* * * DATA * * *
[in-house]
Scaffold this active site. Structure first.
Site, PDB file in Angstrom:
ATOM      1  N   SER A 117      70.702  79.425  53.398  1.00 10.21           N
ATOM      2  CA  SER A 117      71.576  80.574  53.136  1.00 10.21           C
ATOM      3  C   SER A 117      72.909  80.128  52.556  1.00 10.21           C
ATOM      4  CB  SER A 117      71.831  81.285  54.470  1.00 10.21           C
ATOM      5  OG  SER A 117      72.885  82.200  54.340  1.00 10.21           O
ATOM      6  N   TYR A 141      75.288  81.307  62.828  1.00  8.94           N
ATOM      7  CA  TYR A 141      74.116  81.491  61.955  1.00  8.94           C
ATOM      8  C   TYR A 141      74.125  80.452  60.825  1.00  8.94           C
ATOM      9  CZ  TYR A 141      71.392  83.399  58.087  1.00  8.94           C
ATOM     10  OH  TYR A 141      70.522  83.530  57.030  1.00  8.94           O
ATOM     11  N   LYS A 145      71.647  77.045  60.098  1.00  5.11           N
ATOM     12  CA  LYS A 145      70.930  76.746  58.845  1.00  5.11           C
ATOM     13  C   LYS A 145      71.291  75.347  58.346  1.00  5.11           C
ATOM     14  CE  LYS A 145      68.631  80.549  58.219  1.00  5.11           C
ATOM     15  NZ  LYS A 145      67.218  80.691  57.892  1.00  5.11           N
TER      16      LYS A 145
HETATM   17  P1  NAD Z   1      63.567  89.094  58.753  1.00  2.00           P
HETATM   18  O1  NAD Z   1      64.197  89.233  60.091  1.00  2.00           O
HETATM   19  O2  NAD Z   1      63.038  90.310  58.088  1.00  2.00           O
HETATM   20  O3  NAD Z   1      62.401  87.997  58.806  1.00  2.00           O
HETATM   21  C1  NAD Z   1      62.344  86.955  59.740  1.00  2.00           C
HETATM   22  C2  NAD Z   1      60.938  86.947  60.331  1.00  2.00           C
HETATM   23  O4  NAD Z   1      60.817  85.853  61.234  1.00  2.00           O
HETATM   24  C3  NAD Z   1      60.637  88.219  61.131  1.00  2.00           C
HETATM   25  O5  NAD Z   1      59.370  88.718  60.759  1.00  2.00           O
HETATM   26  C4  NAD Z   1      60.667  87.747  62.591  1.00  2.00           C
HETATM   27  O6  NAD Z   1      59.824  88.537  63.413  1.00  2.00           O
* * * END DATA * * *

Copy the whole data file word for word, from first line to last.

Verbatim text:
[in-house]
Scaffold this active site. Structure first.
Site, PDB file in Angstrom:
ATOM      1  N   SER A 117      70.702  79.425  53.398  1.00 10.21           N
ATOM      2  CA  SER A 117      71.576  80.574  53.136  1.00 10.21           C
ATOM      3  C   SER A 117      72.909  80.128  52.556  1.00 10.21           C
ATOM      4  CB  SER A 117      71.831  81.285  54.470  1.00 10.21           C
ATOM      5  OG  SER A 117      72.885  82.200  54.340  1.00 10.21           O
ATOM      6  N   TYR A 141      75.288  81.307  62.828  1.00  8.94           N
ATOM      7  CA  TYR A 141      74.116  81.491  61.955  1.00  8.94           C
ATOM      8  C   TYR A 141      74.125  80.452  60.825  1.00  8.94           C
ATOM      9  CZ  TYR A 141      71.392  83.399  58.087  1.00  8.94           C
ATOM     10  OH  TYR A 141      70.522  83.530  57.030  1.00  8.94           O
ATOM     11  N   LYS A 145      71.647  77.045  60.098  1.00  5.11           N
ATOM     12  CA  LYS A 145      70.930  76.746  58.845  1.00  5.11           C
ATOM     13  C   LYS A 145      71.291  75.347  58.346  1.00  5.11           C
ATOM     14  CE  LYS A 145      68.631  80.549  58.219  1.00  5.11           C
ATOM     15  NZ  LYS A 145      67.218  80.691  57.892  1.00  5.11           N
TER      16      LYS A 145
HETATM   17  P1  NAD Z   1      63.567  89.094  58.753  1.00  2.00           P
HETATM   18  O1  NAD Z   1      64.197  89.233  60.091  1.00  2.00           O
HETATM   19  O2  NAD Z   1      63.038  90.310  58.088  1.00  2.00           O
HETATM   20  O3  NAD Z   1      62.401  87.997  58.806  1.00  2.00           O
HETATM   21  C1  NAD Z   1      62.344  86.955  59.740  1.00  2.00           C
HETATM   22  C2  NAD Z   1      60.938  86.947  60.331  1.00  2.00           C
HETATM   23  O4  NAD Z   1      60.817  85.853  61.234  1.00  2.00           O
HETATM   24  C3  NAD Z   1      60.637  88.219  61.131  1.00  2.00           C
HETATM   25  O5  NAD Z   1      59.370  88.718  60.759  1.00  2.00           O
HETATM   26  C4  NAD Z   1      60.667  87.747  62.591  1.00  2.00           C
HETATM   27  O6  NAD Z   1      59.824  88.537  63.413  1.00  2.00           O